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Karzai Uses Speech On Corruption To Defend Convicted Mayor


Afghan President Hamid Karzai speaks at an anticorruption conference in Kabul.

Afghan President Hamid Karzai speaks at an anticorruption conference in Kabul.

KABUL (Reuters) -- Afghan President Hamid Karzai used a keynote anticorruption speech today to defend the most senior of his officials to be convicted of graft in years, a move that could anger Western backers who demand more accountability.

The president opened a three-day anticorruption conference, which had been billed by diplomats as a sign that Karzai took seriously the West's concern over an issue seen as key to winning popular support against a resurgent Taliban.

Shortly before Karzai spoke, a suicide bomber blew himself up in the capital's Wazir Akbar Khan diplomatic residential district, killing eight people and wounding 44. The blast, underscoring the country's deteriorating security, took place outside the home of a former vice president, who was unhurt.

Karzai spoke at length about the bribes ordinary Afghans are forced to pay, and rebuked officials who "after one or two years work for the government, get rich and buy houses in Dubai."

However, he also cast doubt on the biggest anticorruption conviction his prosecutors have achieved in years.

'Clean Person'

Kabul Mayor Abdul Ahad Sayebi, a Karzai appointee who was sentenced to four years prison last week for corruption and is now free on bail pending an appeal, attended the conference seated toward the front. Karzai pointed him out.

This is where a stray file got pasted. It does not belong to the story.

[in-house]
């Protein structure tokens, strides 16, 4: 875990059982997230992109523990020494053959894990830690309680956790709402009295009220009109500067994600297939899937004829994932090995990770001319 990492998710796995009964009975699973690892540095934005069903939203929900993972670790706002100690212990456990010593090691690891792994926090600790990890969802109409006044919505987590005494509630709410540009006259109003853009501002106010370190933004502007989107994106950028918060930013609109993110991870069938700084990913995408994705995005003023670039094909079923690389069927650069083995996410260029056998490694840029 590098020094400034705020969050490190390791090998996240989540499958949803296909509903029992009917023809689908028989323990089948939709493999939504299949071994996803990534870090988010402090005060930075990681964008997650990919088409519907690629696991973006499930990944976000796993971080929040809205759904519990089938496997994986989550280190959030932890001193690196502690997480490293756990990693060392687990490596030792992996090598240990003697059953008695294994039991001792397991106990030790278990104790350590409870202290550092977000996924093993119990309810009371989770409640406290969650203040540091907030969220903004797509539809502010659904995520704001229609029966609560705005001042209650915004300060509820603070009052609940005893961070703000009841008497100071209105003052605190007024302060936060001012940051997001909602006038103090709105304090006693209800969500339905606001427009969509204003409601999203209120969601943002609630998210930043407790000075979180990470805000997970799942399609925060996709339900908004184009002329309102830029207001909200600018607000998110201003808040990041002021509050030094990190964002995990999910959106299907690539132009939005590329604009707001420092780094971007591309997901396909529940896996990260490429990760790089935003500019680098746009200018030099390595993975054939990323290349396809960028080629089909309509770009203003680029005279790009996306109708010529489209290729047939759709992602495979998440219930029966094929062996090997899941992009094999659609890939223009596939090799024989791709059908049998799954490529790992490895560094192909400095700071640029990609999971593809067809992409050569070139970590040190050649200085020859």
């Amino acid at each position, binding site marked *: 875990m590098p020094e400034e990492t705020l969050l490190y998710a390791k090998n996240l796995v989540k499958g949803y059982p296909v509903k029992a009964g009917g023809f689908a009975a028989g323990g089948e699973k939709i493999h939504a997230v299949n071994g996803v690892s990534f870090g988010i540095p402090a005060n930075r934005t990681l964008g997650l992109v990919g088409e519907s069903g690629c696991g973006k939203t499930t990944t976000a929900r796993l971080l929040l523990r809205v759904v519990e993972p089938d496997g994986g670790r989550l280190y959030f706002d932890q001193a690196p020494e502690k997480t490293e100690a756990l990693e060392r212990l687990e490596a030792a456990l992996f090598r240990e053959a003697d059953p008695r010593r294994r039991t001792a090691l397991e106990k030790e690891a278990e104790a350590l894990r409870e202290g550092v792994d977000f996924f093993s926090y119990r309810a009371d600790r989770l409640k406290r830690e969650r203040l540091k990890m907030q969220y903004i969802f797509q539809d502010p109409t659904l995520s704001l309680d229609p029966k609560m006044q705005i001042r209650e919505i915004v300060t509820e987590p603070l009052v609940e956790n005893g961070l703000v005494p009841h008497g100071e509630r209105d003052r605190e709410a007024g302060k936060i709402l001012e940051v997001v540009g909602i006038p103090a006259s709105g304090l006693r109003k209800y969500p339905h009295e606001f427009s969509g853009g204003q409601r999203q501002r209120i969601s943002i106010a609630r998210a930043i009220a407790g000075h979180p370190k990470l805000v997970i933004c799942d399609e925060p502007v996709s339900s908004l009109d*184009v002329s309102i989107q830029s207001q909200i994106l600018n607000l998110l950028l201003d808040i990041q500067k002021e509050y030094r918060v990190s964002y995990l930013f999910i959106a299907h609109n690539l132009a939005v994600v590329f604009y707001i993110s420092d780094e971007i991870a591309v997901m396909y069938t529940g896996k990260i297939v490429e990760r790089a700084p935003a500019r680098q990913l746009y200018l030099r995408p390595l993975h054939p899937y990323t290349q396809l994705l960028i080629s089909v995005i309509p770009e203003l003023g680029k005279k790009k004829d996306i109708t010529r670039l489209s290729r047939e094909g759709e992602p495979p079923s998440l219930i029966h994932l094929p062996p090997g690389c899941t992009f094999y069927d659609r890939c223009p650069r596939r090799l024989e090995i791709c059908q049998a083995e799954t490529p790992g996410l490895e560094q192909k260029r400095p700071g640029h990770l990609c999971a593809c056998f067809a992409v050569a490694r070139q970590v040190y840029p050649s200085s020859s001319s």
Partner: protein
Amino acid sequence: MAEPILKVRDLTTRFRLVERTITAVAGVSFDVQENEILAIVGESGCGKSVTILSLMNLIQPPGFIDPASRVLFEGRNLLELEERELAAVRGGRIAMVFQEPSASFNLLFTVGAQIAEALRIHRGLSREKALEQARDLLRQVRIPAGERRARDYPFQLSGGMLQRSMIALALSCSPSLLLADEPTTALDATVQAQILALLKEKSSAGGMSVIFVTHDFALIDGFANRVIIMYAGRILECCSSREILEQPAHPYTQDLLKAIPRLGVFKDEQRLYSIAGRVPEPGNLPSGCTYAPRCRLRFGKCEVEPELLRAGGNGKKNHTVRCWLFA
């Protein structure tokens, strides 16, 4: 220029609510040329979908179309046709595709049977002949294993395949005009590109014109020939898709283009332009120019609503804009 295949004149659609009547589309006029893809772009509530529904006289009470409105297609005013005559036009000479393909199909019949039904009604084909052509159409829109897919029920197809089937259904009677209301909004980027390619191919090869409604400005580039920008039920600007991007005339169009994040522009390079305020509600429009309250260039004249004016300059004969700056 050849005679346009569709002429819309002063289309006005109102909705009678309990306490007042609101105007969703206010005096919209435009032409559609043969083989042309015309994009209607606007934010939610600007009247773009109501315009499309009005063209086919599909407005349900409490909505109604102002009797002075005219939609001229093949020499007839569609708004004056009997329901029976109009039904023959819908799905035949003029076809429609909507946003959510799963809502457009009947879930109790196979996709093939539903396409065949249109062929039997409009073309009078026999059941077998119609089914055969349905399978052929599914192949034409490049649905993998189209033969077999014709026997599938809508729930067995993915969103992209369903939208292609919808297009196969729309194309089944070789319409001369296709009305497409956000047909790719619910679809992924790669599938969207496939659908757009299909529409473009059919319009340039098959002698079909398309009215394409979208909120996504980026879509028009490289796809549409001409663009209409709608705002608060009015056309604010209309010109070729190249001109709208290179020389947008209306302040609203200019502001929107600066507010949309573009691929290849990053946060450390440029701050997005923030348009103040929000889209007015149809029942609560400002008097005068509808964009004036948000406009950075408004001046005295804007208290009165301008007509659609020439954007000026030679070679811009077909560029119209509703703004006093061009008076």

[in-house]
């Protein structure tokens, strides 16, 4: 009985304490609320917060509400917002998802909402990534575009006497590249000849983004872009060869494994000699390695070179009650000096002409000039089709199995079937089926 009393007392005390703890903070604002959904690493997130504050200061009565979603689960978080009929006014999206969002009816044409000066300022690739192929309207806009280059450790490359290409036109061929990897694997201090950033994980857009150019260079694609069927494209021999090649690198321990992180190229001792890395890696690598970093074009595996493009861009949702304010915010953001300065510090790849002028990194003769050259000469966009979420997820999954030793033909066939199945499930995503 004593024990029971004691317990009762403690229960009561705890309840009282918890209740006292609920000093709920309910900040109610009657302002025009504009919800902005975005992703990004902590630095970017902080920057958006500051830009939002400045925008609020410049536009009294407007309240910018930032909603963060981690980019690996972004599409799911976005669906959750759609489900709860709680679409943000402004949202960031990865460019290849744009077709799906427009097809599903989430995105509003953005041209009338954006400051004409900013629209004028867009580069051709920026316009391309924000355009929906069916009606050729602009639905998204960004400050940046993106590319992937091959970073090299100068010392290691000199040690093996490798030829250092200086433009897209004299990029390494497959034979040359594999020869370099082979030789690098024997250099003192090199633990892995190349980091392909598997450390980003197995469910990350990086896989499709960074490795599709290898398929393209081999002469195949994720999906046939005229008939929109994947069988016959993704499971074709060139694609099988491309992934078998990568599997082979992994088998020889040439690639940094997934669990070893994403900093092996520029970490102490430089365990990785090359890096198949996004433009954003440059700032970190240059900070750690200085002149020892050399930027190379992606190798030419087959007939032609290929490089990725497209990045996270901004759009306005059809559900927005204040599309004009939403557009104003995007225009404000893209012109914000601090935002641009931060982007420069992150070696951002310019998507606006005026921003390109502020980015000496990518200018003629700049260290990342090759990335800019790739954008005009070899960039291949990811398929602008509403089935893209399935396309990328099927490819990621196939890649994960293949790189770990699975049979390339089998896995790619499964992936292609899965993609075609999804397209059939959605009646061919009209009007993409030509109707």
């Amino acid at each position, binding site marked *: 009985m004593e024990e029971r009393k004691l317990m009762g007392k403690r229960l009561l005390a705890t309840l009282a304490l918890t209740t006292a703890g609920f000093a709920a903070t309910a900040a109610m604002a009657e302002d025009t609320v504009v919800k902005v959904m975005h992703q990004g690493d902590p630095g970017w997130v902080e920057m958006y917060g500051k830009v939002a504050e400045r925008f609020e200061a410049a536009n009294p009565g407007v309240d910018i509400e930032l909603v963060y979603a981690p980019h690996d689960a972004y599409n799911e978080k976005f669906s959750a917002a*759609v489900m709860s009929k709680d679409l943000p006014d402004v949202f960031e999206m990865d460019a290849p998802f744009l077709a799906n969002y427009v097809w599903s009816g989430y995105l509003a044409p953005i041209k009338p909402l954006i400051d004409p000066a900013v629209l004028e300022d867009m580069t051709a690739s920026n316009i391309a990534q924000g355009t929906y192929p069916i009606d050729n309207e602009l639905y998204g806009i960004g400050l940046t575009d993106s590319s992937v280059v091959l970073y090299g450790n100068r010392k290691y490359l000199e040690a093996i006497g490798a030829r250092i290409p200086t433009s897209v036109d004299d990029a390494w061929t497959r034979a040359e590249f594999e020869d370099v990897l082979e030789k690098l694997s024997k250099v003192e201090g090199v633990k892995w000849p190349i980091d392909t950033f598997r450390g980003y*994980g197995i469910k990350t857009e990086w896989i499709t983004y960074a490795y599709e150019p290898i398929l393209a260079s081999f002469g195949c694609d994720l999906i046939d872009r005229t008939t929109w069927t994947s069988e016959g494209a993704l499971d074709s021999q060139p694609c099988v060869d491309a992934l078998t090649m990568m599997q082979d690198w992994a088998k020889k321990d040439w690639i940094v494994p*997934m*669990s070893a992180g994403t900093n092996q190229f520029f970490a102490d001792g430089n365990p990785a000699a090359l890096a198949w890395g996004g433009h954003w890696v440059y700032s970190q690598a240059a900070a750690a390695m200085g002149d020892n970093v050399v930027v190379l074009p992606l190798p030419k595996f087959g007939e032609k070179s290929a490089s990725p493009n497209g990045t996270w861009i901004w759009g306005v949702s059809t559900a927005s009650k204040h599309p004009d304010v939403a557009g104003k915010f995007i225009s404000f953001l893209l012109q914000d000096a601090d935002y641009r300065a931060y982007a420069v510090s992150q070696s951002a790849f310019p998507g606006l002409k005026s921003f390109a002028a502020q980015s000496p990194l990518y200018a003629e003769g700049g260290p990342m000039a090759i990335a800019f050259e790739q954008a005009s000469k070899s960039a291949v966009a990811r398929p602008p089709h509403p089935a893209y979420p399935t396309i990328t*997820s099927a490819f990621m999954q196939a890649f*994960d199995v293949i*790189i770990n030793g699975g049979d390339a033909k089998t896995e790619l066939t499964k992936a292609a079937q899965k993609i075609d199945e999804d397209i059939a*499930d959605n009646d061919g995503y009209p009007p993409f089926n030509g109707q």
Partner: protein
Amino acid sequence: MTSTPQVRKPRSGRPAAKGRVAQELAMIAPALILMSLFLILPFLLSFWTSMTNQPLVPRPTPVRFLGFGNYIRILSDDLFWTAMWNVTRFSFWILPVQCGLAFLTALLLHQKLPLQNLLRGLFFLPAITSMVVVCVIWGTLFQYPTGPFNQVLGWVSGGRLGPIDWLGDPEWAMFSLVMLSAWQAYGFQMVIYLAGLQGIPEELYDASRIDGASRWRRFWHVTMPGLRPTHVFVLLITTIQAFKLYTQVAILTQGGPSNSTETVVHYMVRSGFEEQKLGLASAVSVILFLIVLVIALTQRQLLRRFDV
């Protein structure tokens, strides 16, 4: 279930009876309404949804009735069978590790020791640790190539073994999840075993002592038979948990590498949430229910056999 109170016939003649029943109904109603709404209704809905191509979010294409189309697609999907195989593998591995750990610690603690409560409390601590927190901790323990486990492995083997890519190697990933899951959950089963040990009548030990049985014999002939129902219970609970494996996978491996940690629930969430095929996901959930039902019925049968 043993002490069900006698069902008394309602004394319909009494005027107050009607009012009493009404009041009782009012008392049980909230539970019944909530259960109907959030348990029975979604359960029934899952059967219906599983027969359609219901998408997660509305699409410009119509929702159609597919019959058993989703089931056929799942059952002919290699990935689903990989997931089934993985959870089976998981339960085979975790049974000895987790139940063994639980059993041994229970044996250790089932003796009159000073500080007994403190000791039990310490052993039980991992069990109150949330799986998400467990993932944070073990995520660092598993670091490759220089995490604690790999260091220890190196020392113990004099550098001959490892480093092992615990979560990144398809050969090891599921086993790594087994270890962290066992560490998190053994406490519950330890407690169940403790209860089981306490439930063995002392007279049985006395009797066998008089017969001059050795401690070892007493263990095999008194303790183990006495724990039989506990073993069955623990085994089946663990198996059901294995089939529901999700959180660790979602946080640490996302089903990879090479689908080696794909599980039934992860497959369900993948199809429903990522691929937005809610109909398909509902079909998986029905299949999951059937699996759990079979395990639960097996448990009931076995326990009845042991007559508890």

"One very serious caution I want to say. The mayor of Kabul has been sentenced to four years jail. I know the mayor. He is a clean person. I know him," Karzai said.

He said Sayebi had been targeted by enemies for refusing to grant them government land, and gestured to his chief justice and attorney general demanding they look into the case, although he also said Sayebi should still go to jail if guilty.

Karzai's standing among the countries which have deployed nearly 110,000 troops to defend his government has plunged since he was reelected in an August 20 vote, in which a UN-backed probe found nearly a third of his votes were fake.

His actions against corruption are being closely watched in the West, where leaders of NATO countries are defending an increasingly unpopular war against domestic public opinion that questions whether Karzai's government is worth protecting.

'Main Form Of Corruption'

U.S. President Barack Obama announced this month he was sending an extra 30,000 troops to Afghanistan, the first of whom will start arriving within days. London said the first of 500 British reinforcements arrived today.

In his speech, Karzai cautioned against an unrestrained effort to root out graft, which itself could be corrupt.

"As we fight corruption, we must be very careful, extremely careful, that the fight against corruption does not become corrupt itself," Karzai said.

"Every one of our police, every one of our soldiers, every one of our mayors, every one of our judges, every one of our governors can go to someone's house knock on the door and drag a man out of that house and terrorize him. In my opinion, this is the main form of corruption," Karzai said.

Diplomats have pointed to the conference as a chance to show how Karzai will clean up his government. A U.S. Embassy spokeswoman declined to comment immediately on Karzai's speech or his remarks about the mayor.

Karzai's top anticorruption adviser, Mohammad Yasin Usmani, said corruption was rife throughout the country, but was worst in contracts from foreign governments, a point Karzai has made in the past in suggesting the West bore a share of the blame.

U.S. Defense Secretary Robert Gates acknowledged last week that poor Western oversight of contracts was part of the problem.
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